image“We develop disease because of two factors that usually go together: externally, a wrong relationship with environmental forces like food or climate and, internally, a wrong movement of internal energies brought about by disharmonious thoughts and emotions”. It’s an excellent book, as is Mukunda Stiles’ Ayurvedic Yoga Therapy.  [[Update: 1 October: many people have asked me where to find these books. My photos show covers printed in India, but if you click on the links, you’ll find the same books online, even if the covers look different.]]

Today, Ayurveda is emerging as one of the most important systems of mind-body medicine in the world. Its treatment of disease prevention and cure is based on key lifestyle changes, individualized diet, herbal formulas and a spiritual focus of Yoga and meditation.

The practice of Ayurveda first identifies our body types and behaviours into three different categories, or “doshas”: Vata, Pitta, and Kapha. We’re typically a blend of all three constitutions, with one more prevalent than the others, and when all three are in a balanced state, we naturally choose what is good for us in terms of diet and lifestyle.

When they’re out of balance … Look out! A cocktail of fear, anxiety, panic attacks, rage, impatience, criticism, laziness or lack of motivation follows, depending on what your dosha is. And guess what a major culprit is for imbalance of the constitutions? Diet and the digestive system. We’ve heard this so many times during the past 3 weeks, it’s like a broken record. We just keep coming back to the logic of You Are What You Eat, and Your Body Is A Temple.

Mukunda Stiles’ easy to read book on Yoga and Ayurveda

“Food is that which you eat, as well as that which eats you” – Anonymous

When we eat without awareness, shoving the wrong food into our bodies at the wrong times of the day or night, we place stress on the systems of the body as it attempts to balance hormones, digest and eliminate toxins.

Not surprisingly, Yoga and Ayurveda are a perfect match.

“Yoga and Ayurveda belong to each other like a brother to a sister, the breath to the body, a plant in its soil”. – Mukunda Stiles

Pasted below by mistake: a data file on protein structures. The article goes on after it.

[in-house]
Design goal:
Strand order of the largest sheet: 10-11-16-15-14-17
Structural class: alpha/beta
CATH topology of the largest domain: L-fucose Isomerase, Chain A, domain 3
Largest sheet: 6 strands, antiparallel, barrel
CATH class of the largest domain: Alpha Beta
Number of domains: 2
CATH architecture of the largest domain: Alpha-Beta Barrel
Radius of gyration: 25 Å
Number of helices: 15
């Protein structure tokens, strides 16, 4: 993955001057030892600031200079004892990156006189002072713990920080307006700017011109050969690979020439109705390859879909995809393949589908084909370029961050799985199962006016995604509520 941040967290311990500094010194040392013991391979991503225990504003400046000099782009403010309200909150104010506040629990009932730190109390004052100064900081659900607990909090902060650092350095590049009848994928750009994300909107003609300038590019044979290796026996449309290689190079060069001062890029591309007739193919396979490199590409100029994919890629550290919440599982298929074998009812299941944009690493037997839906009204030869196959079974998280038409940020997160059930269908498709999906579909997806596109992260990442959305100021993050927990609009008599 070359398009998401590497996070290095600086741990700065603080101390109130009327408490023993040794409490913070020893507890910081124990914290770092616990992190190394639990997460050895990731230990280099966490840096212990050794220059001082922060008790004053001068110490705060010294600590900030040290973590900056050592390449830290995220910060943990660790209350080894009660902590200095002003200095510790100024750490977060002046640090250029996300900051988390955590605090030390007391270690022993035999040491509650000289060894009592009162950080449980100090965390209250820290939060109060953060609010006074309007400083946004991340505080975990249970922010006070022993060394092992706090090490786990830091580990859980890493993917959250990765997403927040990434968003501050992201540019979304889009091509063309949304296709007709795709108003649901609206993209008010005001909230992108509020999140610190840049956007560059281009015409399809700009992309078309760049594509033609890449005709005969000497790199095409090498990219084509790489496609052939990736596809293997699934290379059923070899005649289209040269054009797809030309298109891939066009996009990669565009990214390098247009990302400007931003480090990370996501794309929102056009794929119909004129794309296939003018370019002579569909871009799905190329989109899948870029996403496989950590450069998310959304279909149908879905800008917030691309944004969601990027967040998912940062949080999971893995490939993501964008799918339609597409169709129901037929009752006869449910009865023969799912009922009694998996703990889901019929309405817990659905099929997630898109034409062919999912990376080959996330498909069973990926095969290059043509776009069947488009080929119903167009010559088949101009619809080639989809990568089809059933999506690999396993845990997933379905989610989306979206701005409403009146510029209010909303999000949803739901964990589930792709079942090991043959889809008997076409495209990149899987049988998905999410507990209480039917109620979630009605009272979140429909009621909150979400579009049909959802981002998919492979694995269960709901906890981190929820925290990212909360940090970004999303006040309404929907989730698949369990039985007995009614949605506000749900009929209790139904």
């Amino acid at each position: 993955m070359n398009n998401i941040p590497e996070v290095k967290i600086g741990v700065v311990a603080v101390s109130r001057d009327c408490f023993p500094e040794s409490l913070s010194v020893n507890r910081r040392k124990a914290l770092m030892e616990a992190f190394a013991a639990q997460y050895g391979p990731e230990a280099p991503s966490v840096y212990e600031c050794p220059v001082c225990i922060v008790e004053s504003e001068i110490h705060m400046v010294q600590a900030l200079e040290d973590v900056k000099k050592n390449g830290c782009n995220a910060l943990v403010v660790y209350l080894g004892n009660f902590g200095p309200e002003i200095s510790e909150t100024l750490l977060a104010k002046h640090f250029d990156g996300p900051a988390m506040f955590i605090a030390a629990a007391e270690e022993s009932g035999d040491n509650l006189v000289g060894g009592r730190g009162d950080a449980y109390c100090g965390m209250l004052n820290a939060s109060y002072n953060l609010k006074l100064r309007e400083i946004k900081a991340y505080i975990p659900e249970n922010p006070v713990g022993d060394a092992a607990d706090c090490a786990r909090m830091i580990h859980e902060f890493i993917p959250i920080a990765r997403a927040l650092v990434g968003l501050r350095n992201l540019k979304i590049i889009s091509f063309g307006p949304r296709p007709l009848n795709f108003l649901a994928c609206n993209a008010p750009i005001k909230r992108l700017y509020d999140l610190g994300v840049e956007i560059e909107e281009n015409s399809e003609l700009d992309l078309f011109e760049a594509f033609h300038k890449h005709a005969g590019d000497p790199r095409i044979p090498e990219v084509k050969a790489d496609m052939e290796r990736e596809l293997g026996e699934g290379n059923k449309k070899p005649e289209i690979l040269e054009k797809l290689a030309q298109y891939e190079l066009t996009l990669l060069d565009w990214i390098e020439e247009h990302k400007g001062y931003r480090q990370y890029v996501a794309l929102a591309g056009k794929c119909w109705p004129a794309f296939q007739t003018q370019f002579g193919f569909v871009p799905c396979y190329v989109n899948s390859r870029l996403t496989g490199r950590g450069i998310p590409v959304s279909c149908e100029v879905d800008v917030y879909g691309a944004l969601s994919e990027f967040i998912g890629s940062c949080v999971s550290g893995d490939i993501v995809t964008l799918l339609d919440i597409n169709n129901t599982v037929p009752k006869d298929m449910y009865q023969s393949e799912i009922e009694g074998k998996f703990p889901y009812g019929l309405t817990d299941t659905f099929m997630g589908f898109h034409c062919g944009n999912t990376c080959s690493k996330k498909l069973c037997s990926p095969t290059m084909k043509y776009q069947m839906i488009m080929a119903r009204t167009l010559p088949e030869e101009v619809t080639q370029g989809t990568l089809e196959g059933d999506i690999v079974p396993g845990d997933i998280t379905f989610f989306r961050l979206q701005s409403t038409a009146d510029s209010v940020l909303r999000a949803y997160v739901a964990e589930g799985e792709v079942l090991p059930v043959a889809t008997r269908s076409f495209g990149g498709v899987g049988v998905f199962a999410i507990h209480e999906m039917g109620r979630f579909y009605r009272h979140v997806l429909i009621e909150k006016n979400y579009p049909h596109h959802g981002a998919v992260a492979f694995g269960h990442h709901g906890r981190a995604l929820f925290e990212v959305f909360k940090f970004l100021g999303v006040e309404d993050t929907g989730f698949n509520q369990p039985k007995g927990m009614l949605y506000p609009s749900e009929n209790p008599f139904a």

There are specific yoga poses, breathing techniques and meditation types that vary for each of the three dosha types. It’s ironic how a Vata-dominant person who is out of balance will often seek a fast, active and potentially harmful style of yoga, when what that constitution really needs is more meditation and a gentler yoga practice; holding the poses for longer. Or a Pitta-dominant person will benefit more from shorter holds without strain, but when they’re out of balance they’ll tend to overdo it, pushing their bodies too much with over-enthusiastic intensity. And a Kapha-dominant person when out of balance would like to lie around on restorative yoga boulsters or dedicate their yoga time to kirtan chanting, when they would get more out of a regular and active yoga practice.

Yogi Sivadas tells us that when we live a healthy and balanced “Sattvic” (clean) life – in diet, lifestyle, exercise, attitude and meditation, we will create an environment for a happy body and a calm mind. And if you can’t live this totally Sattvic life, obeying every single discipline? He’s in favour of the 80/20 rule; being pure and clean 80% of the time and allowing yourself indulgences 20% of the time, making those choices with awareness.

And as it’s getting late and I’ve already eaten a bar of Cadburys chocolate tonight, I would like to keep in line with the circadian rhythms of the body, so I’m heading to bed for a good night’s sleep!